* Monday's decline was S&P 500's biggest since November
* Dell to go private in $24.4 bln deal, shares rise 0.7
* Archer Daniels, Estee Lauder both up after results
* Indexes up: Dow 0.6 pct, S&P 0.6 pct, Nasdaq 0.4 pct
By Ryan Vlastelica
NEW YORK, Feb 5 (Reuters) - U.S. stocks rose on Tuesday as
investors sought bargains following the market's worst daily
session since November and more companies reported results that
were stronger than expected.
Major stock indexes had dropped about 1 percent in Monday's
session, pressured by renewed worries over the euro zone's
sovereign debt crisis. Still, equities have been strong
performers recently, with the benchmark S&P 500 index up 4.9
percent for 2013.
Dell Inc agreed to go private in a $24.4 billion
deal that was widely expected. Shares of the computer maker rose
0.7 percent to $13.36 after a brief trading halt.
Wall Street has advanced on strong fourth-quarter earnings
and signs of improved economic growth, suggesting the market's
longer-term trend remains higher.
"Stocks are really the only place investors can go for any
kind of real return, and that's enough to have people continuing
to come into the market, not just buying on dips but in
general," said Thomas Nyheim, portfolio manager at Christiana
Trust in Greenville, Delaware.
Archer Daniels Midland reported revenue and adjusted
fourth-quarter earnings that beat expectations, boosted by
strong global demand for oilseeds. Shares rose 4 percent to
Estee Lauder Cos Inc gained 4.5 percent to $63.78
after reporting results.
According to Thomson Reuters data, of the 53 percent of S&P
500 companies that have reported earnings thus far, 69 percent
have beaten profit expectations, over the 62 percent average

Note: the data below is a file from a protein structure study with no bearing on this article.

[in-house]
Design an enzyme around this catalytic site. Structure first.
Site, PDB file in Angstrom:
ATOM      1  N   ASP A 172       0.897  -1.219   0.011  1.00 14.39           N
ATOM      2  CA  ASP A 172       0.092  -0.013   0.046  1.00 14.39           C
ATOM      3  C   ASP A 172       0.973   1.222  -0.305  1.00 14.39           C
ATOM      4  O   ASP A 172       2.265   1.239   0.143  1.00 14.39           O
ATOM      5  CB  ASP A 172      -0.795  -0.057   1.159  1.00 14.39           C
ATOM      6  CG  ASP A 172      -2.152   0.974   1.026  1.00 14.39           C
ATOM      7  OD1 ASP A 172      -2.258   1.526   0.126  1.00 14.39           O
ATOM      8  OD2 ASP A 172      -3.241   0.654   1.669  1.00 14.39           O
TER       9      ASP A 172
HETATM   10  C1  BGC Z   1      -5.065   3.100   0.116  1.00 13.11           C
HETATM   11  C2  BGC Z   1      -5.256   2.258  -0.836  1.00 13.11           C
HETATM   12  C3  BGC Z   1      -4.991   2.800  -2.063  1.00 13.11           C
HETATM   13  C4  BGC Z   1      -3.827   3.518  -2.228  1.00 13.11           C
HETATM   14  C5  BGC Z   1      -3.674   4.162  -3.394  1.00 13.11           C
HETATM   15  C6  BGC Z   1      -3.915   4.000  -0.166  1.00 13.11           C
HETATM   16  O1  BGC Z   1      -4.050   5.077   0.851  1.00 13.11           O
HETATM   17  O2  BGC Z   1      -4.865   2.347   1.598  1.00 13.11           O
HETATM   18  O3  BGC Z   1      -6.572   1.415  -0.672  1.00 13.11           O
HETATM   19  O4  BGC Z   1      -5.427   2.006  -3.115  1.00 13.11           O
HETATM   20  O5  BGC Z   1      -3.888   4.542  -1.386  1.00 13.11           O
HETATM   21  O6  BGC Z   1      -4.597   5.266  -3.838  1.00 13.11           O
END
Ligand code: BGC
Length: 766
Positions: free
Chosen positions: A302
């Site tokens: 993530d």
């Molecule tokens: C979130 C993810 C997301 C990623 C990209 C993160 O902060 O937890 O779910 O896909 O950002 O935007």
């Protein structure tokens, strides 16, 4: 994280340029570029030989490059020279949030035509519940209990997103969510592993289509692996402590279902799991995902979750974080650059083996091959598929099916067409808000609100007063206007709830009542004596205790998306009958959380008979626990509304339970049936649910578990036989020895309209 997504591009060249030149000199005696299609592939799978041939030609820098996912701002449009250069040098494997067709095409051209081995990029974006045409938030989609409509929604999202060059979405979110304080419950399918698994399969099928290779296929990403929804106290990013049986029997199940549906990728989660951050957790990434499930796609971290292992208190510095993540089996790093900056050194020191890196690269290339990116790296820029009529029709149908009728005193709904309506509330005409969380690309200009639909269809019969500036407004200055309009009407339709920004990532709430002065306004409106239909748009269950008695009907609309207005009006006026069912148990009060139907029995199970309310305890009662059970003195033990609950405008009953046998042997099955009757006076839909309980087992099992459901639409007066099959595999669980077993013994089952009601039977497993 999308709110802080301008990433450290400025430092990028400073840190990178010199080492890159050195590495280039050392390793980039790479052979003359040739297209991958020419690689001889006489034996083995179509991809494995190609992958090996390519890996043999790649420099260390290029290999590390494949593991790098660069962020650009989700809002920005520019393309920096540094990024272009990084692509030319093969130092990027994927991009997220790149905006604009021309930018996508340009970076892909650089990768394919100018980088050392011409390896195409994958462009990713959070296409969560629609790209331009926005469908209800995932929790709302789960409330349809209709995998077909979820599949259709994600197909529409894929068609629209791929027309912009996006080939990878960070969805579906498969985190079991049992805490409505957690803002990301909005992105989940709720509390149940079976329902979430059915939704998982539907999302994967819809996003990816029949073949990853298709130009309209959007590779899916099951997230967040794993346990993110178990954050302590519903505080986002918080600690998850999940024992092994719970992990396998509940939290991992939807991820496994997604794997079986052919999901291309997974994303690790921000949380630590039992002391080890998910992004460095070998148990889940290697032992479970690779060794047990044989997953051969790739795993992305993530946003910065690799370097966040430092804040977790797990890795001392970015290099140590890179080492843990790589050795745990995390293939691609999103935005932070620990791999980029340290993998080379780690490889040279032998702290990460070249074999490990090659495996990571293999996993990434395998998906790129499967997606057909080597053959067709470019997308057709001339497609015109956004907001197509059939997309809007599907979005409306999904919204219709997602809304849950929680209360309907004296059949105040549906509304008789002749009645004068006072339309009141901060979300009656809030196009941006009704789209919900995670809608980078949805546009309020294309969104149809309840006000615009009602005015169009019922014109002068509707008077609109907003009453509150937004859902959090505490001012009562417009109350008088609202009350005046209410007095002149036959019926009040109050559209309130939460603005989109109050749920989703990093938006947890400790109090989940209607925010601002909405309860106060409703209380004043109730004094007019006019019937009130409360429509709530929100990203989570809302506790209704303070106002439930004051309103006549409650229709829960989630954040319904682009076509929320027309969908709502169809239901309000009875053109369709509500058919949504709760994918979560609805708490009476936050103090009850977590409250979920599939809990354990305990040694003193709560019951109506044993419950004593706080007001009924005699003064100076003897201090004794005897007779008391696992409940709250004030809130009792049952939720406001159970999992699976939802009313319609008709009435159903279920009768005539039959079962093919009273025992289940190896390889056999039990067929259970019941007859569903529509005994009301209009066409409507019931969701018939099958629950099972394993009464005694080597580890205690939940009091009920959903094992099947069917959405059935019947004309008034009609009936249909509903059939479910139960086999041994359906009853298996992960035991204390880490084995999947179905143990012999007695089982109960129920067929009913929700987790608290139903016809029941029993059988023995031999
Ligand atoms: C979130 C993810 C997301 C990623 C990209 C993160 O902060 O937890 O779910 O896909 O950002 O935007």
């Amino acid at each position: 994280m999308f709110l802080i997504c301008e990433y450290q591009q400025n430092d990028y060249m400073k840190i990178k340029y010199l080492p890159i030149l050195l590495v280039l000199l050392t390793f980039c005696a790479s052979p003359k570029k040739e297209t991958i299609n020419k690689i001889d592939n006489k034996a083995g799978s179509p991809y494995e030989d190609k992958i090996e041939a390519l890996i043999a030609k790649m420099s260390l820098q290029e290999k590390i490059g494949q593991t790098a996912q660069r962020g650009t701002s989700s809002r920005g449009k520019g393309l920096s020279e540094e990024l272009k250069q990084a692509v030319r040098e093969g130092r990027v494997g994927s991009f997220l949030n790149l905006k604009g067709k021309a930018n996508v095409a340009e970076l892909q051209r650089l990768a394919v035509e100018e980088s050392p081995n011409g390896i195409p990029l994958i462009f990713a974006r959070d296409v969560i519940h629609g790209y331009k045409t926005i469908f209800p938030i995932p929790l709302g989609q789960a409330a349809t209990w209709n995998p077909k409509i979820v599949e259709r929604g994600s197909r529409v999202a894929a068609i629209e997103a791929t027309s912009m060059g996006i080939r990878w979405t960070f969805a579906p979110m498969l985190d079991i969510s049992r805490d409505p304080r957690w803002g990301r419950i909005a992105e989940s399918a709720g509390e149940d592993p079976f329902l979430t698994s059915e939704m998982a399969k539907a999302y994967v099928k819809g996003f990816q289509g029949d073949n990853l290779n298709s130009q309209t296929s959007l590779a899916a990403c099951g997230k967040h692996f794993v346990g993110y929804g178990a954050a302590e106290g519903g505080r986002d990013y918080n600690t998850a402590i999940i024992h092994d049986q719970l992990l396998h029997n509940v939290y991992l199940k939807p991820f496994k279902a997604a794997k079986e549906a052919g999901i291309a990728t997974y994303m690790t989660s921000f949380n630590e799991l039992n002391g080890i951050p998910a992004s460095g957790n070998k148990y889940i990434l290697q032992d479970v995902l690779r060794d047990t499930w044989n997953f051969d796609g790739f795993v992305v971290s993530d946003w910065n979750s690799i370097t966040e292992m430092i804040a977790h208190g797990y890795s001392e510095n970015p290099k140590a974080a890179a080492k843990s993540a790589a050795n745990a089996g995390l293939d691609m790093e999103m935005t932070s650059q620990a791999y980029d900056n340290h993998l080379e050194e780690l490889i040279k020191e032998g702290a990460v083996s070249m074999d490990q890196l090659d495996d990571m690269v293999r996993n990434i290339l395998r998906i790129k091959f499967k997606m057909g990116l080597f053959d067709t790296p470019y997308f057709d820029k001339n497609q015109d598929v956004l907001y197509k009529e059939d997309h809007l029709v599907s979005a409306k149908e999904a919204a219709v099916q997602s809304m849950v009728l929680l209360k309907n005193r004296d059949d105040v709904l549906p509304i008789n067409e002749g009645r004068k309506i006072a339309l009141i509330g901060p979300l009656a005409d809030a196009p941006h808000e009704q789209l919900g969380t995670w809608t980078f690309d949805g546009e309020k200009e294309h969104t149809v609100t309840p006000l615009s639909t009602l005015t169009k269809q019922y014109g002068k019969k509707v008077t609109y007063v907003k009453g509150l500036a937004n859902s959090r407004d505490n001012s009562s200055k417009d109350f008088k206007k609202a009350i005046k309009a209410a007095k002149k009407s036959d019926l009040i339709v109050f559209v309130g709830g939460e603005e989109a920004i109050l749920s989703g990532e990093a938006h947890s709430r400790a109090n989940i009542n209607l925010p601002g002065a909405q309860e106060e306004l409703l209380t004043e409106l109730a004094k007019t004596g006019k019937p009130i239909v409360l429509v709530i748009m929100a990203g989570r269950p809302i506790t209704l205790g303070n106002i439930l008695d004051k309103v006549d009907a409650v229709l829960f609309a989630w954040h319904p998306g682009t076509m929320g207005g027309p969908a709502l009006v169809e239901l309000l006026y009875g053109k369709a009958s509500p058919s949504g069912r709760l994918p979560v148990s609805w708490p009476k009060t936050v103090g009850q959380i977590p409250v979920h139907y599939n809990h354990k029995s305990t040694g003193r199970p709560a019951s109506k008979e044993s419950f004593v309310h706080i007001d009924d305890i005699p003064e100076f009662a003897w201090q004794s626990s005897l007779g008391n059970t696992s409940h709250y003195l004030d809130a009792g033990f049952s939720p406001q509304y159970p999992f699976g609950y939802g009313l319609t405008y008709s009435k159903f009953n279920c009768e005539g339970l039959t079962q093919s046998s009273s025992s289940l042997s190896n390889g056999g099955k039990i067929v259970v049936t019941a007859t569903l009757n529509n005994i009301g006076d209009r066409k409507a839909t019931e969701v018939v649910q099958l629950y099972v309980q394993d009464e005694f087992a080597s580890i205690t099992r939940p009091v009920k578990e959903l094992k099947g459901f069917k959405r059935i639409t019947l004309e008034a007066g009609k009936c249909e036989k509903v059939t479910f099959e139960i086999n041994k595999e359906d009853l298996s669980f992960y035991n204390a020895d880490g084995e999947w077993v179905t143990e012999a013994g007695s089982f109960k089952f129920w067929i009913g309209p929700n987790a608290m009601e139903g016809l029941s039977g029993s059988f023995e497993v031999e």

since 1994 and the 65 percent average over the past four
Fourth-quarter earnings for S&P 500 companies are expected
to rise 4.5 percent, according to the data, above the 1.9
percent forecast at the start of earnings season, but well below
the 9.9 percent forecast on Oct. 1.
The Dow Jones industrial average was up 83.88 points,
or 0.60 percent, at 13,963.96. The Standard & Poor's 500 Index
was up 9.16 points, or 0.61 percent, at 1,504.87. The
Nasdaq Composite Index was up 10.80 points, or 0.35
percent, at 3,141.97.
At current levels, the S&P is less than 5 percent away from
its all-time intraday high of 1,576.09, reached in October 2011.
McGraw-Hill extended its Monday decline, slumping
7.1 percent to $46.68 as the U.S. Justice Department launched a
civil lawsuit against the company and its unit, Standard &
Poor's, over mortgage bond ratings. The action marks the first
such federal action against a credit rating agency related to
the recent financial crisis.
The stock has dropped more than 20 percent over the past two
U.S. shares of BP Plc rose 1.8 percent to $44.38
after the company reported earnings that beat expectations and
said underlying financial momentum would be "strongly evident"
The Institute for Supply Management's non-manufacturing
index was 55.2 in January, as expected and down slightly from
the previous month.